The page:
Former Socceroo, Mark Koussas, lucky to be alive after triple bypass surgery


At the age of 57, Mark Koussas is more active than most. When he’s not going for walks with his lovely wife Faye, he’s surfing the waves at the local beach.

Flash back to the early 1980’s, and you could find Mark not only playing for Sydney Olympic in the then-National Soccer League, but he also made two international appearances for the Socceroos and was awarded the Adidas Golden Boot after scoring four goals in the 1981 FIFA World Youth Championship.

It’s for these reasons that many will be shocked to learn that just last week, Mark underwent a triple heart bypass on three arteries which doctors told him were 90 percent blocked.

He was diagnosed with heart disease – a condition which affects the normal functioning of the heart and represents one in five of all deaths in Australia.

In fact, The Heart Foundation also states that 46 percent more men are hospitalised due to the disease than women. This is a statistic which Mark never believed he would relate to until one day when he was on a walk and he began to feel a burning sensation in his chest.

“Mark had a back operation about ten weeks ago and didn’t do any physical activity until recently, when he thought he’d start going for walks again. That’s when he noticed he was getting a reflux sensation in his chest,” Faye Koussas, Mark’s wife, tells The Greek Herald.

“But then three weeks ago, we went for a gentle walk to the local park and he had to come back within five minutes. This time he felt heaviness in his armpits and his chest pain was worse.”

It was at this moment that Faye says Mark ‘realised the warning signs’ of heart disease and ‘acted very quickly.’

“Mark went to the cardiologist to get an ultrasound for his heart and the cardiologist told him his heart looked good, but he needed to do an angiogram as well,” Faye says.

Mark and his wife Faye are very active. It was during one of their walks that Mark experienced a burning sensation near his heart.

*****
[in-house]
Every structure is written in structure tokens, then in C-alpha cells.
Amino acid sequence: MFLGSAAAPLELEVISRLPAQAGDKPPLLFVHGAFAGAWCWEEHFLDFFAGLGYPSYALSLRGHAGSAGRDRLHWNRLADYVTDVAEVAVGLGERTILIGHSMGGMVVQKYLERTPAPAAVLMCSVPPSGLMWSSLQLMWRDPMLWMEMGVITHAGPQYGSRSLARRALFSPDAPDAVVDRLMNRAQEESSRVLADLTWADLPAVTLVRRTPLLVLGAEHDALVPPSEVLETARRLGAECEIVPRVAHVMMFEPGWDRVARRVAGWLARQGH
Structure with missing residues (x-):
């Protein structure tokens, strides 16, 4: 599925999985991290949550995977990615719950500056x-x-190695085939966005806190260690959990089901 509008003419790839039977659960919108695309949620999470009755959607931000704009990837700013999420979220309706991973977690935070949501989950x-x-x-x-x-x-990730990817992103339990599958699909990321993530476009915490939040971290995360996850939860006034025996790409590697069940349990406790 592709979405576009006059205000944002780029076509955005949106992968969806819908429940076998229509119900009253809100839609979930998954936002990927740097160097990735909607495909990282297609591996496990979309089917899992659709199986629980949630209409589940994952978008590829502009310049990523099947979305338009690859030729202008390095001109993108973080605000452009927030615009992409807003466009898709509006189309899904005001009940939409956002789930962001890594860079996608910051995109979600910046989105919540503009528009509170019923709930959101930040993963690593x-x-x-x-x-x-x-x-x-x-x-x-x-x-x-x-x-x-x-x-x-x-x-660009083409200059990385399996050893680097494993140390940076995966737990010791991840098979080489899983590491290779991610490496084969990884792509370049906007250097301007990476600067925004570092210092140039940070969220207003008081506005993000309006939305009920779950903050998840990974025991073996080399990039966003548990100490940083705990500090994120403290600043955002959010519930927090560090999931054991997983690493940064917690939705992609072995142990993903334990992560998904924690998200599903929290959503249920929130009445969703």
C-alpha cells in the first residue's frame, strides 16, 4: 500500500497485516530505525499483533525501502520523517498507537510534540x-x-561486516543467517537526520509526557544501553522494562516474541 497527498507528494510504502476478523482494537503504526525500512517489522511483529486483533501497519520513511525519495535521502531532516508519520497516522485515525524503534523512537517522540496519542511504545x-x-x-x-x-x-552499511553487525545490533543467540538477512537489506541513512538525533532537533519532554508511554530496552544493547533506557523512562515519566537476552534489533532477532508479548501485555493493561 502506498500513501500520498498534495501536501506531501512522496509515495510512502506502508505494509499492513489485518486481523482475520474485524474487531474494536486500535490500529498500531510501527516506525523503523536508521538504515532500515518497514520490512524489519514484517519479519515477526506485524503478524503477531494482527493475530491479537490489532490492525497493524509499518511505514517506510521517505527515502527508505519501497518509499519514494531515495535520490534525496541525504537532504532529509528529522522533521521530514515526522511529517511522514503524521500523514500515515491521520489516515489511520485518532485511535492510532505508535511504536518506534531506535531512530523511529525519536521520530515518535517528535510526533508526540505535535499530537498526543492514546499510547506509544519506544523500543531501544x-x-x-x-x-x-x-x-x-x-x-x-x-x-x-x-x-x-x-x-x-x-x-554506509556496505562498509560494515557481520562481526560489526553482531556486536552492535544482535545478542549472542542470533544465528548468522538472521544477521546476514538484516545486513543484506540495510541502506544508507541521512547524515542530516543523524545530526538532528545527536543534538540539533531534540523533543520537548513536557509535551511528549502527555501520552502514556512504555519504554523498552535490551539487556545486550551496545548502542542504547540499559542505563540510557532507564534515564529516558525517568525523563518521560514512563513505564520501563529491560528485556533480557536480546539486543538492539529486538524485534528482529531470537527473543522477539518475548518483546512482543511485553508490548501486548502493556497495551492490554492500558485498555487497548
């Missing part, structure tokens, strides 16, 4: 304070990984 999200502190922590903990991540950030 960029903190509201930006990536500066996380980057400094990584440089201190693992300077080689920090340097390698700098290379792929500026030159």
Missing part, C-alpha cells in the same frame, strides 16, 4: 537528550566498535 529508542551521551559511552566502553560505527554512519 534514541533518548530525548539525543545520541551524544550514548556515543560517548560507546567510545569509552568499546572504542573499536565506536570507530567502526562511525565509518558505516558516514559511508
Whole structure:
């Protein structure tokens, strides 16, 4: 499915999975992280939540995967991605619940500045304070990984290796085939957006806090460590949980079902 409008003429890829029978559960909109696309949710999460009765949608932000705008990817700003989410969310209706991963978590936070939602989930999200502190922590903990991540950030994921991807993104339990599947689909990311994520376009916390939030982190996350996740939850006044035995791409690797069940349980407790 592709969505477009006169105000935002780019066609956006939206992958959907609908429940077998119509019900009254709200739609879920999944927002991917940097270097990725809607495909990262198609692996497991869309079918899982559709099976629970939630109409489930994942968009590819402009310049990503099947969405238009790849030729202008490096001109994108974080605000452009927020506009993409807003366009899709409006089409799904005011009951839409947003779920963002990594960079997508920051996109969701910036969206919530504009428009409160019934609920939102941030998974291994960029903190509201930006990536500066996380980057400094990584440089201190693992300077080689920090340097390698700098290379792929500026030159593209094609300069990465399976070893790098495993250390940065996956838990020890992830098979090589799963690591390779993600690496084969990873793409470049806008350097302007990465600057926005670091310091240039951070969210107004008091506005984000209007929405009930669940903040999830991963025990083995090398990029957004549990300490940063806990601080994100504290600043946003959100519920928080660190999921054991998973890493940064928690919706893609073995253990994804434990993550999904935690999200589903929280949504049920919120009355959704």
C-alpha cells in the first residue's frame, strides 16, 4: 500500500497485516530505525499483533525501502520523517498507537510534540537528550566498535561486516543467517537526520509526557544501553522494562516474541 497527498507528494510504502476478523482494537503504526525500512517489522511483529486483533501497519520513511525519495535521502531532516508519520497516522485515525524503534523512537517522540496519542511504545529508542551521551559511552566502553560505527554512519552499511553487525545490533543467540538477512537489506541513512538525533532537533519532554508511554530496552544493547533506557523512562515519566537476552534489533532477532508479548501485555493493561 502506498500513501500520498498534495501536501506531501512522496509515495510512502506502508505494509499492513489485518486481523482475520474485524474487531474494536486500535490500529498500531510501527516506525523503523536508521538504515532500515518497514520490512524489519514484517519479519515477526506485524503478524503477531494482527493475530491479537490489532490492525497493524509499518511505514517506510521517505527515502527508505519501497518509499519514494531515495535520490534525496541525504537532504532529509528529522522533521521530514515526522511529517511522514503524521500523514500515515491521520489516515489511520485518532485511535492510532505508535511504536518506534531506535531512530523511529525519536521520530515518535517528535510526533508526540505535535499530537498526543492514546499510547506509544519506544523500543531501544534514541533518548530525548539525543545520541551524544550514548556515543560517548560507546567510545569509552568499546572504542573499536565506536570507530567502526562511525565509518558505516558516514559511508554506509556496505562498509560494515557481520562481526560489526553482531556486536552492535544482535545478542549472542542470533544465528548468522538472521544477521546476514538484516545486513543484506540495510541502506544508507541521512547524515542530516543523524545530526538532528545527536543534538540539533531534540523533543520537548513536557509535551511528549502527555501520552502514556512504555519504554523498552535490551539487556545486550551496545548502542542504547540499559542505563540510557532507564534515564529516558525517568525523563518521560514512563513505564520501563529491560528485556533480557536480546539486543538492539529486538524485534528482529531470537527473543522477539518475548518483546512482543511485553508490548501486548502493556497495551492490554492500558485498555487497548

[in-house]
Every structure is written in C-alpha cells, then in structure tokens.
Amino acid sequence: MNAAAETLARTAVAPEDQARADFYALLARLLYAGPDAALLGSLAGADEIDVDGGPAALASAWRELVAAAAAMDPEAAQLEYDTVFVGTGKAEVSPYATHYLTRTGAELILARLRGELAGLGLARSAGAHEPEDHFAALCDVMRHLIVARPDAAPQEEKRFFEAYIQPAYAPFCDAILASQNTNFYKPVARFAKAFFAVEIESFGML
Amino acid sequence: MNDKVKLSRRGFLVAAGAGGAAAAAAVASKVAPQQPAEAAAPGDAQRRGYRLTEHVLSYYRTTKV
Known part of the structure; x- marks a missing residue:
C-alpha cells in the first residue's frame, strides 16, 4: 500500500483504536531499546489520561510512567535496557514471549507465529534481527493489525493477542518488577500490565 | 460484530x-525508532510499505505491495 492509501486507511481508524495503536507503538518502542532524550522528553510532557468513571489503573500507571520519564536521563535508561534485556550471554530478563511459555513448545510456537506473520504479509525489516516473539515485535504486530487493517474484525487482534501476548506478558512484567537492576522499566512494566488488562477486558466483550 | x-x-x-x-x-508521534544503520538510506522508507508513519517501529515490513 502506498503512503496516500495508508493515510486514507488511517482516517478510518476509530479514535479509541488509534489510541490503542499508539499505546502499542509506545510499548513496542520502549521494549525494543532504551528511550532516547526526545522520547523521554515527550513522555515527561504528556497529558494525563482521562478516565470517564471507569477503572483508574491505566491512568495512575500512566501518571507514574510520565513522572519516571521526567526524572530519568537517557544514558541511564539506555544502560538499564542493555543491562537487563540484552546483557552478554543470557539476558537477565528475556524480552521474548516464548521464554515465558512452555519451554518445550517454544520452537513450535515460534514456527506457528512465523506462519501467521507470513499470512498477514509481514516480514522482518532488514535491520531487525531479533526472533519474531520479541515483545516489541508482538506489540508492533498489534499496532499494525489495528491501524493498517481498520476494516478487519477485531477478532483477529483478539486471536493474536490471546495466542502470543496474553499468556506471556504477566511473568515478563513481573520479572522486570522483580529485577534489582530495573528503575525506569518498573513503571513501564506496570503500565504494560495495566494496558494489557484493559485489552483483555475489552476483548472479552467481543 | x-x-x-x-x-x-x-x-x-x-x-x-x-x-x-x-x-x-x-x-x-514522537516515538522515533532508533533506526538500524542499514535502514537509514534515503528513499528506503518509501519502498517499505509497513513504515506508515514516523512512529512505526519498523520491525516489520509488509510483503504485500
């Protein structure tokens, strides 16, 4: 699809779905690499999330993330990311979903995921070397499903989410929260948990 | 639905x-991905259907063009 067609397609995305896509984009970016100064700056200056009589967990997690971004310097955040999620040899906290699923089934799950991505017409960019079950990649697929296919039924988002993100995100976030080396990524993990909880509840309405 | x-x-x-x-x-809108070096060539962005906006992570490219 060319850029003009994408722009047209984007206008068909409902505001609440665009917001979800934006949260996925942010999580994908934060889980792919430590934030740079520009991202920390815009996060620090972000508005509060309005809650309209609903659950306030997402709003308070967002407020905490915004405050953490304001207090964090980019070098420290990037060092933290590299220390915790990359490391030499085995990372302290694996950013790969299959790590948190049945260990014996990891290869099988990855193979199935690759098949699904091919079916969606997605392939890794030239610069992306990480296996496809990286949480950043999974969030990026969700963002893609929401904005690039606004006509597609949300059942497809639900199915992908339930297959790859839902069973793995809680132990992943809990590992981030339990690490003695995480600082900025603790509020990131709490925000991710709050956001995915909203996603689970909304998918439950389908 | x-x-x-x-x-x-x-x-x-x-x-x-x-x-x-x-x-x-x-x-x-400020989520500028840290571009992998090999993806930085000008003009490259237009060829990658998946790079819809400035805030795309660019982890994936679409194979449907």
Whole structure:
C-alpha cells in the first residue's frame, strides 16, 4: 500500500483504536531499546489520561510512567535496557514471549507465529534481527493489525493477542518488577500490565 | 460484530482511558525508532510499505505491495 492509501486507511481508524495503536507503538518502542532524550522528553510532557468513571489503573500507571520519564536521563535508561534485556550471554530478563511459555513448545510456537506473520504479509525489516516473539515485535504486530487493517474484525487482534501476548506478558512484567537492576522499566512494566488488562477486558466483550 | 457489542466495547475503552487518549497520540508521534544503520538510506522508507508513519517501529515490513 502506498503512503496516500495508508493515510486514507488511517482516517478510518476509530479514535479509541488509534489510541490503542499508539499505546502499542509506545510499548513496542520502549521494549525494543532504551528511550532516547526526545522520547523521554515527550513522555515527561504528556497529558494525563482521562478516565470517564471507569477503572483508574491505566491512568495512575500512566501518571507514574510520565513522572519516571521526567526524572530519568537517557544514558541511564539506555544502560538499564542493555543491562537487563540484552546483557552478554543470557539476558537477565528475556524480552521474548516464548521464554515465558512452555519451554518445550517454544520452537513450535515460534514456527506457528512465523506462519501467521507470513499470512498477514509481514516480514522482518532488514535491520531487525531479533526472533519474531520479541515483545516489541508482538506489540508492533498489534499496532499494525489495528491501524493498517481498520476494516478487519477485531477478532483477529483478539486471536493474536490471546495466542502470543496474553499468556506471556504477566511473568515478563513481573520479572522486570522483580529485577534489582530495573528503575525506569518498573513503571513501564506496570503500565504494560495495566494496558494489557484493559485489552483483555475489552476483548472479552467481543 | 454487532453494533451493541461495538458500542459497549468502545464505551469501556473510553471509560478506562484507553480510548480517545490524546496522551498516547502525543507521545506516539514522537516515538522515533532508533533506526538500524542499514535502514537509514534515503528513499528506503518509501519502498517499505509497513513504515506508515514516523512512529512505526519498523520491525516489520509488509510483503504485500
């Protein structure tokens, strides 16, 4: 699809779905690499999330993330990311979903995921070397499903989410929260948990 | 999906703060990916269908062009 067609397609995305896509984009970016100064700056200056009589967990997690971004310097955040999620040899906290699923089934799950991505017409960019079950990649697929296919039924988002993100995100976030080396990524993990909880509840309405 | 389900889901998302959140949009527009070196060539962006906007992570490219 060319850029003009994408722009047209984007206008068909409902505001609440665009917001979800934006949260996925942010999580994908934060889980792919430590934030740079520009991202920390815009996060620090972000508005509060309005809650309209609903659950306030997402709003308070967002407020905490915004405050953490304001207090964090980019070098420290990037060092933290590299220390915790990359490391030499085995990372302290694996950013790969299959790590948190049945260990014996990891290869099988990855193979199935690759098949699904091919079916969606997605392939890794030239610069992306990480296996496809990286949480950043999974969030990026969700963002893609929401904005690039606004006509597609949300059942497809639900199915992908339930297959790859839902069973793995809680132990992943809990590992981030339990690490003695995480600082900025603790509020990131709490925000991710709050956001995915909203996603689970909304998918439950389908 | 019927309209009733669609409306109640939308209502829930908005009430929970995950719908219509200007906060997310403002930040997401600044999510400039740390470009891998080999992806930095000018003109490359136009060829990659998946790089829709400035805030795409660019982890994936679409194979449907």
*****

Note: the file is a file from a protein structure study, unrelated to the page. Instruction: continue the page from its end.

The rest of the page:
“He did the angiogram and the cardiologist realised Mark’s arteries were more than 90 percent blocked. So they decided to do a triple bypass. It all happened really fast and he didn’t get a chance to think about it.”

The surgery went well even if it was intrusive. Mark had to undergo three grafts from his left arm, right leg and groin. But unfortunately, in post-surgery recovery, Mark contracted a bladder infection from the catheter removal.

“Within 24 hours, he just went downhill. He had contracted a bladder infection which had gone into his bloodstream. His haemoglobin was low and it couldn’t fight the infection. So they decided to do a blood transfusion until eventually, his condition improved,” Faye explains.

Whilst this was a scary turn of events, Faye says Mark still considers himself lucky because his heart hasn’t been damaged.

“Everyone’s telling us that he’ll feel like a new person after this. We’ll be surfing by Christmas!” Faye jokes.

Mark, who’s still recovering from his ordeal and found it difficult to talk during the interview, laughs quietly in the background and adds some serious words of advice.

“I was the last person to think that I would’ve experienced something like this given I’ve been fairly fit all my life,” Mark tells The Greek Herald.

“So if you notice anything that’s not normal, don’t wait for the next day or a week later. Get it sorted out straight away. I’m fortunate I had a strong heart and it managed to put up with some of the damage, but I didn’t know for how much longer it would.

“Time’s not on your side when things start going wrong so get tested sooner rather than later.”

A powerful message on World Heart Day today from a very active and otherwise healthy man, who many would say is the last person they’d expect to undergo a triple bypass.




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